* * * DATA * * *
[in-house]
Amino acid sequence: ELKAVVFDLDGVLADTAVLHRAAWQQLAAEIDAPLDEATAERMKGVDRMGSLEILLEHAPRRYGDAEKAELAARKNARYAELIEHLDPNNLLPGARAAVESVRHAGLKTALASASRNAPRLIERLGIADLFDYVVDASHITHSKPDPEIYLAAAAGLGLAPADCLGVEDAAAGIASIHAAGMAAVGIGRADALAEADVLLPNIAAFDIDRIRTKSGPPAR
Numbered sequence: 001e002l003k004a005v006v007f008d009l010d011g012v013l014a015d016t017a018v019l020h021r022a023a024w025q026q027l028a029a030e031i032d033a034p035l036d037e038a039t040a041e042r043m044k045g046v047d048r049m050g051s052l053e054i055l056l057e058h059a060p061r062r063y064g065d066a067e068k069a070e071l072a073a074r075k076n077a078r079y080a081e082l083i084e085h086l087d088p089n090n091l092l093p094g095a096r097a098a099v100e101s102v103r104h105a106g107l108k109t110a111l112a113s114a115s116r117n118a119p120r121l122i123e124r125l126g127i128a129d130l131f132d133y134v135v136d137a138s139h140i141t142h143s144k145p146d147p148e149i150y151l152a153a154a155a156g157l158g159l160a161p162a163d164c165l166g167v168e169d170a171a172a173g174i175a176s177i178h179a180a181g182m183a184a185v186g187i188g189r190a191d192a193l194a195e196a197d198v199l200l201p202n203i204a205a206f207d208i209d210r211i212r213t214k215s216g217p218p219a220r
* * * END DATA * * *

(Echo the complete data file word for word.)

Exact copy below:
[in-house]
Amino acid sequence: ELKAVVFDLDGVLADTAVLHRAAWQQLAAEIDAPLDEATAERMKGVDRMGSLEILLEHAPRRYGDAEKAELAARKNARYAELIEHLDPNNLLPGARAAVESVRHAGLKTALASASRNAPRLIERLGIADLFDYVVDASHITHSKPDPEIYLAAAAGLGLAPADCLGVEDAAAGIASIHAAGMAAVGIGRADALAEADVLLPNIAAFDIDRIRTKSGPPAR
Numbered sequence: 001e002l003k004a005v006v007f008d009l010d011g012v013l014a015d016t017a018v019l020h021r022a023a024w025q026q027l028a029a030e031i032d033a034p035l036d037e038a039t040a041e042r043m044k045g046v047d048r049m050g051s052l053e054i055l056l057e058h059a060p061r062r063y064g065d066a067e068k069a070e071l072a073a074r075k076n077a078r079y080a081e082l083i084e085h086l087d088p089n090n091l092l093p094g095a096r097a098a099v100e101s102v103r104h105a106g107l108k109t110a111l112a113s114a115s116r117n118a119p120r121l122i123e124r125l126g127i128a129d130l131f132d133y134v135v136d137a138s139h140i141t142h143s144k145p146d147p148e149i150y151l152a153a154a155a156g157l158g159l160a161p162a163d164c165l166g167v168e169d170a171a172a173g174i175a176s177i178h179a180a181g182m183a184a185v186g187i188g189r190a191d192a193l194a195e196a197d198v199l200l201p202n203i204a205a206f207d208i209d210r211i212r213t214k215s216g217p218p219a220r